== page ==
A chart that shows what hiring managers think of successful bootcamp learners.

Yet bootcamps aren’t for everyone. They are fast-paced and intense, requiring a diligent daily commitment to study. But for those looking to immerse themselves in coding, bootcamps provide an accelerated learning path.

Independent Learning

Online coding tutorials, both free and paid versions, offer an inexpensive education path, especially if you thrive in an independent learning environment. Although they don’t come with the same resources and structured environment that a bootcamp or college education does, self-guided classes can be an alternative way to learn the tools of the trade. Before embarking on this educational path, it’s worth being honest with yourself about what kind of learning environment is best for you.

To help you on your way, check out these tips for effective online learning. Here are a few self-guided educational options to get you started.

  • freeCodeCamp: Students can engage with tutorials on responsive web design, data visualization, data analysis with Python, and more. The site also offers free forums and study groups.
  • W3Schools: Students are given access to a wealth of coding tutorials, including those on programming languages, web building, and artificial intelligence.
  • Khan Academy: Through personalized learning and an array of online tools and tutorials, students and teachers alike are empowered en route to broader coding knowledge.

Create Your First Coding Project

Coders learn by doing, and the best way to do that is with a project. Building a project not only creates experience, but also helps you to develop a tangible product to show potential employers.

To get started, pick your favorite from this list of coding project ideas for beginners and follow this step-by-step process:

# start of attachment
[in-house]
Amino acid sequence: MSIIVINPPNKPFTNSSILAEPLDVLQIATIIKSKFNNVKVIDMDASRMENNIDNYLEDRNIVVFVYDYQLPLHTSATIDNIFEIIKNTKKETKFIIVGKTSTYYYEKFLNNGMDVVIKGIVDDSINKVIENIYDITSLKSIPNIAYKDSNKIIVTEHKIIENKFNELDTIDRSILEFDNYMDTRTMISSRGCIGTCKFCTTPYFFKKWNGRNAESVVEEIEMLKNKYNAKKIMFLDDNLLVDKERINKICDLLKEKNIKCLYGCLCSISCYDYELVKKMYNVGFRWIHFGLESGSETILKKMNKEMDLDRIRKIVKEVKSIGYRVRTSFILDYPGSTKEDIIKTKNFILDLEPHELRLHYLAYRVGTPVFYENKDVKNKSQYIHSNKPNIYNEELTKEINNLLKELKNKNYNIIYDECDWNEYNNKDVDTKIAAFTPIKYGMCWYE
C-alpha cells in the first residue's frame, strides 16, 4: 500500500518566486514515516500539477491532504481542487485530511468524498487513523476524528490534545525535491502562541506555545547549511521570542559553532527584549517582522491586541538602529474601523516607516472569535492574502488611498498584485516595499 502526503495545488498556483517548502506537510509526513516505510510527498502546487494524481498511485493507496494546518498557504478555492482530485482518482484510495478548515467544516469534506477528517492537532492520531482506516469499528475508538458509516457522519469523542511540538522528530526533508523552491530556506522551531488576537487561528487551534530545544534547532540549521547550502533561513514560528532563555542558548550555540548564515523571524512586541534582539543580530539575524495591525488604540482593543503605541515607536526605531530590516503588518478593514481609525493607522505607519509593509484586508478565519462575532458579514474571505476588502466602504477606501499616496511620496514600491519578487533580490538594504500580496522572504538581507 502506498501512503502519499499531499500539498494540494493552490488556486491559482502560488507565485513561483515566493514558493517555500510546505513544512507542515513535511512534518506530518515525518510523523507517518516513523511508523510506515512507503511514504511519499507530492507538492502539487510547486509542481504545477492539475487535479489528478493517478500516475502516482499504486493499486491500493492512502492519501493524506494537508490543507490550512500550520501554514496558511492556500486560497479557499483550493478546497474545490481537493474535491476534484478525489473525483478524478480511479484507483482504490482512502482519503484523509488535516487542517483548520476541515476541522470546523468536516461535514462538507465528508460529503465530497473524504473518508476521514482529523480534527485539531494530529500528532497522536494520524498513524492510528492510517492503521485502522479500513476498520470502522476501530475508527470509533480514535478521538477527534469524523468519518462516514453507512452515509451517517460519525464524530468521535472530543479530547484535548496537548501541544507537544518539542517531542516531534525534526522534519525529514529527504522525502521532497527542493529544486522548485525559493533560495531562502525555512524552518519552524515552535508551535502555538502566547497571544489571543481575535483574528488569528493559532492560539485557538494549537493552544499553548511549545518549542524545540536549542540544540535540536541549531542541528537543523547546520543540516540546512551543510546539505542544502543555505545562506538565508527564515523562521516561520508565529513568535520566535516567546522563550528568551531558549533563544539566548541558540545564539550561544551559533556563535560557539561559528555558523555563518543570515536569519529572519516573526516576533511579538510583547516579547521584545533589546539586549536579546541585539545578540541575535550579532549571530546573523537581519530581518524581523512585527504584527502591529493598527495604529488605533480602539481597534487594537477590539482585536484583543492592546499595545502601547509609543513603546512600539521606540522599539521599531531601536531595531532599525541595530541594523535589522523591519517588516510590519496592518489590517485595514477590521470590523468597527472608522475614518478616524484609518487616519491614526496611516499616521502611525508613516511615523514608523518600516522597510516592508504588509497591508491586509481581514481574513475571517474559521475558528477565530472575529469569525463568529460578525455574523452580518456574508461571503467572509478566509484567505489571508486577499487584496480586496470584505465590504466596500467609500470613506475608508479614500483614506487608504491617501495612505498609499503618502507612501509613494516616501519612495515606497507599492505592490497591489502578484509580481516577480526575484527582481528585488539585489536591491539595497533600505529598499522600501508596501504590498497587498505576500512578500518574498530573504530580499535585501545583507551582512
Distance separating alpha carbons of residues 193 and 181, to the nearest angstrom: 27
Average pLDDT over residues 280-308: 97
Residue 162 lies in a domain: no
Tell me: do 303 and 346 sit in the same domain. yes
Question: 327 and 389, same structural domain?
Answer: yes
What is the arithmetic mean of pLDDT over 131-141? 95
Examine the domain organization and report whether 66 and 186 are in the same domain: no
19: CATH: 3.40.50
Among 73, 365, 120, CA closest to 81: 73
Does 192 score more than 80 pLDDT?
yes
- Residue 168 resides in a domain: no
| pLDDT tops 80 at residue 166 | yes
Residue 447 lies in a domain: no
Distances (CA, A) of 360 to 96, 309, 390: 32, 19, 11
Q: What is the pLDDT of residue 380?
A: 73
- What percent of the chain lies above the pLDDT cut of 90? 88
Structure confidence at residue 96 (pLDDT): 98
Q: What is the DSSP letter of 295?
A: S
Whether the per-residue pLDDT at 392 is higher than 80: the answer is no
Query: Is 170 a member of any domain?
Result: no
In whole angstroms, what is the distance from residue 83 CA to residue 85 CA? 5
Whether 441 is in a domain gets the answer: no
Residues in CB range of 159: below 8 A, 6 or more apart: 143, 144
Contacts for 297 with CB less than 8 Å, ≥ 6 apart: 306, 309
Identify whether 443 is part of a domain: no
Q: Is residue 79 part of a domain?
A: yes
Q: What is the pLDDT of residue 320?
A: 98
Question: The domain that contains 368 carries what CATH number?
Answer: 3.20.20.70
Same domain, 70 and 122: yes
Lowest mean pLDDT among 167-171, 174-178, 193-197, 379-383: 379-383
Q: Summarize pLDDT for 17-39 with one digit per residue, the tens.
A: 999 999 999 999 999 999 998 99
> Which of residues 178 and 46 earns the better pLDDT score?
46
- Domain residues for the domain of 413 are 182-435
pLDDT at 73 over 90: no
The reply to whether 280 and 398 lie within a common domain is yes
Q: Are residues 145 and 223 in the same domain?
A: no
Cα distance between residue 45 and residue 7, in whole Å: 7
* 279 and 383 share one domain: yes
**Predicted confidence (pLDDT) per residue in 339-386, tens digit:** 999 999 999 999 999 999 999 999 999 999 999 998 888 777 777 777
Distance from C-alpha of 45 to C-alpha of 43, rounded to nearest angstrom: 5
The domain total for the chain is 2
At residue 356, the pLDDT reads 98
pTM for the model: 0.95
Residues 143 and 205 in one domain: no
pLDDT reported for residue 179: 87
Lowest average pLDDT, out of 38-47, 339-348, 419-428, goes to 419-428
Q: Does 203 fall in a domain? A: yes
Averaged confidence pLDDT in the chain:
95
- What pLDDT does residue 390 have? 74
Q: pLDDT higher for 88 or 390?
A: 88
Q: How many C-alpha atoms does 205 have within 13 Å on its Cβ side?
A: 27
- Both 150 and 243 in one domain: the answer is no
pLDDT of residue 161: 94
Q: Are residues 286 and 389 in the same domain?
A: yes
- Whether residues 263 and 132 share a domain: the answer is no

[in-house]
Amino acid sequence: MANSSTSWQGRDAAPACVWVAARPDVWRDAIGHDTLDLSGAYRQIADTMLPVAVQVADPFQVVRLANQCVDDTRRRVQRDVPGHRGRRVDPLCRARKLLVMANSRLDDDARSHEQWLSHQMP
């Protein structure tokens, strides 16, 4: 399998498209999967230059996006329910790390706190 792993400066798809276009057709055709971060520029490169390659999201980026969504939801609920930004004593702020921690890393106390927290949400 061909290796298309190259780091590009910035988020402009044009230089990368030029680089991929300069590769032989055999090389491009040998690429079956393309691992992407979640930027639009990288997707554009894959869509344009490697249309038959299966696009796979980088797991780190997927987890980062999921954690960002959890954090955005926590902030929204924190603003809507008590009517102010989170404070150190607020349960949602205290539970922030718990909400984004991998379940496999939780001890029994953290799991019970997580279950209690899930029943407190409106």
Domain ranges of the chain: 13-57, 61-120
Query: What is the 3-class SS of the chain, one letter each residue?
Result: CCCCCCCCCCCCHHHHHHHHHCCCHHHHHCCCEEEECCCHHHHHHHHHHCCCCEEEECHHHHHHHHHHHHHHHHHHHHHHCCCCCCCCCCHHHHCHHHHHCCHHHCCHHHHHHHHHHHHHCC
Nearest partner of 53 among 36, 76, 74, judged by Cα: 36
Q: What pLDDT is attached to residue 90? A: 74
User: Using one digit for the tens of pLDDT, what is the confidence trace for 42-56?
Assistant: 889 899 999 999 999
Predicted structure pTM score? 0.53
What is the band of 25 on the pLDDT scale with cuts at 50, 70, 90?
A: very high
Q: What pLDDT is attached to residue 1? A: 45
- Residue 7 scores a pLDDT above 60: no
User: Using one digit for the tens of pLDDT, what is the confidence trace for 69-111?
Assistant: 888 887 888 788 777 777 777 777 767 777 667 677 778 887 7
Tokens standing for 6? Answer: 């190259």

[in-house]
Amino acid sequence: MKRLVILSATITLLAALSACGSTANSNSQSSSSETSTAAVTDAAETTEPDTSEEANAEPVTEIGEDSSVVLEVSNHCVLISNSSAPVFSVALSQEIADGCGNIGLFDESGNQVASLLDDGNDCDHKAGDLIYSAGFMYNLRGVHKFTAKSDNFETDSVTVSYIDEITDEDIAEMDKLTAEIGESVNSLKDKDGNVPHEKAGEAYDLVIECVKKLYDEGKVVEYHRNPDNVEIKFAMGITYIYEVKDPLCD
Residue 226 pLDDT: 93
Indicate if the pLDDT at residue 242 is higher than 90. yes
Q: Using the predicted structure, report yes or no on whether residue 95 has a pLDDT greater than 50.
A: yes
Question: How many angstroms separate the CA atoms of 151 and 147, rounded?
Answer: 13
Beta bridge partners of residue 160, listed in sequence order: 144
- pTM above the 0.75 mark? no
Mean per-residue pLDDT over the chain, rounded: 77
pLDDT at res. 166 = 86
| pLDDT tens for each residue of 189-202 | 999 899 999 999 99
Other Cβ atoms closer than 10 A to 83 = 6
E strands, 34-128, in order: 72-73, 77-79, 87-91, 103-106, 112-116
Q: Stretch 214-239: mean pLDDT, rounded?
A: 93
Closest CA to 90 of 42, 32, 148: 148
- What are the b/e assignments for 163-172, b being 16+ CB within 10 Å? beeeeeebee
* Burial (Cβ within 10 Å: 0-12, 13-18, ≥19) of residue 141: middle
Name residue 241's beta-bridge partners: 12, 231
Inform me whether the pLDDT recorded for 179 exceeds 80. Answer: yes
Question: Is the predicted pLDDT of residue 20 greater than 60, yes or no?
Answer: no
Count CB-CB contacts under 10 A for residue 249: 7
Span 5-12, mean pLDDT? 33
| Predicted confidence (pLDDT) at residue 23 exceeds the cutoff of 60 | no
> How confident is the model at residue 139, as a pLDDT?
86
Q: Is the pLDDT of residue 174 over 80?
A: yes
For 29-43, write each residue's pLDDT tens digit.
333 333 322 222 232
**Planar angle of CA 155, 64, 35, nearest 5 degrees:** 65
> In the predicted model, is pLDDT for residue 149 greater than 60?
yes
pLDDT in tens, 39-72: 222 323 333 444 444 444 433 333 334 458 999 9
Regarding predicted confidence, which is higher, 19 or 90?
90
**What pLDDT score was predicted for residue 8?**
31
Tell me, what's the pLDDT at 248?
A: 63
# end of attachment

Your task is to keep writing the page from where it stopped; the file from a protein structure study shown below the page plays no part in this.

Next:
• Set a schedule: Keeping deadlines with each project phase allows you to set attainable goals and measure progress.
  • Outline your project’s features: Will your web page include a lot of graphics or interactive buttons or forms? Will it need a login/password feature for multiple users? Listing these features in advance will help in the coding phase.
  • Devise your code: Before you start writing, list all the functions you want to include in the project. This helps compartmentalize each section of code, making them easier to write.
  • Write and debug your code: Errors are to be expected, and checking for them can be difficult. This might be a good time to seek help from a mentor or join a community forum to ask questions.
  • Deploy your project: Ready to show the world your finished project? Set the website to go live on the internet or submit your app to an online app store.

Should I Learn Coding?

For many people, coding is more than a job. It is a way to deliver an exciting new product, change the way companies do business, and have a tangible effect on society. Further, coding has become a lifestyle with a vibrant community of fellow coders and developers.

Coding provides job opportunities in multiple industries, and hiring prospects look strong for the remainder of the decade. As mentioned earlier, some industries even expect to have more job openings than skilled coders and developers to fill them. Additionally, coders with an independent spirit can keep themselves quite busy working in freelance roles.

Coding requires analytical skills, deep attention to detail, and a willingness to keep pace with changing technology. And, for the curious and devoted, it can be a satisfying pursuit. Programs like UofT SCS Coding Boot Camp represent an exciting next step into a promising new career path — contact us to learn more or apply now.

Get Program Info


Step 1 of 6

Get Program Info


Step 1 of 6